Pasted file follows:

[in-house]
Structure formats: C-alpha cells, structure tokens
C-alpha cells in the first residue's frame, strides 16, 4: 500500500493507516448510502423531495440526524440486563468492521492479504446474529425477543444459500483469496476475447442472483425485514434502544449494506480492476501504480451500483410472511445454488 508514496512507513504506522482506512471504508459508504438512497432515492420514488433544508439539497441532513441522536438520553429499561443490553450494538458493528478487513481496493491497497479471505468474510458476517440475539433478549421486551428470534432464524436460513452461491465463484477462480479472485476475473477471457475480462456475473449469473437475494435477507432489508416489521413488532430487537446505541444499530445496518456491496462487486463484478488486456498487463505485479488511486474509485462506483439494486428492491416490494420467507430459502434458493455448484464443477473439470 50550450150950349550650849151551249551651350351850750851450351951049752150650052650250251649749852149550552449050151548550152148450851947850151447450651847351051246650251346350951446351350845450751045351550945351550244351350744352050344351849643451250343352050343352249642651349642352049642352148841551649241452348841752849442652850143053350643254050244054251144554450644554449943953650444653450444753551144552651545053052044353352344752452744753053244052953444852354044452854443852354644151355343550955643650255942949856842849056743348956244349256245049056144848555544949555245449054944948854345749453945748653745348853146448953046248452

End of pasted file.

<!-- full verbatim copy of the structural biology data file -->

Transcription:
[in-house]
Structure formats: C-alpha cells, structure tokens
C-alpha cells in the first residue's frame, strides 16, 4: 500500500493507516448510502423531495440526524440486563468492521492479504446474529425477543444459500483469496476475447442472483425485514434502544449494506480492476501504480451500483410472511445454488 508514496512507513504506522482506512471504508459508504438512497432515492420514488433544508439539497441532513441522536438520553429499561443490553450494538458493528478487513481496493491497497479471505468474510458476517440475539433478549421486551428470534432464524436460513452461491465463484477462480479472485476475473477471457475480462456475473449469473437475494435477507432489508416489521413488532430487537446505541444499530445496518456491496462487486463484478488486456498487463505485479488511486474509485462506483439494486428492491416490494420467507430459502434458493455448484464443477473439470 50550450150950349550650849151551249551651350351850750851450351951049752150650052650250251649749852149550552449050151548550152148450851947850151447450651847351051246650251346350951446351350845450751045351550945351550244351350744352050344351849643451250343352050343352249642651349642352049642352148841551649241452348841752849442652850143053350643254050244054251144554450644554449943953650444653450444753551144552651545053052044353352344752452744753053244052953444852354044452854443852354644151355343550955643650255942949856842849056743348956244349256245049056144848555544949555245449054944948854345749453945748653745348853146448953046248452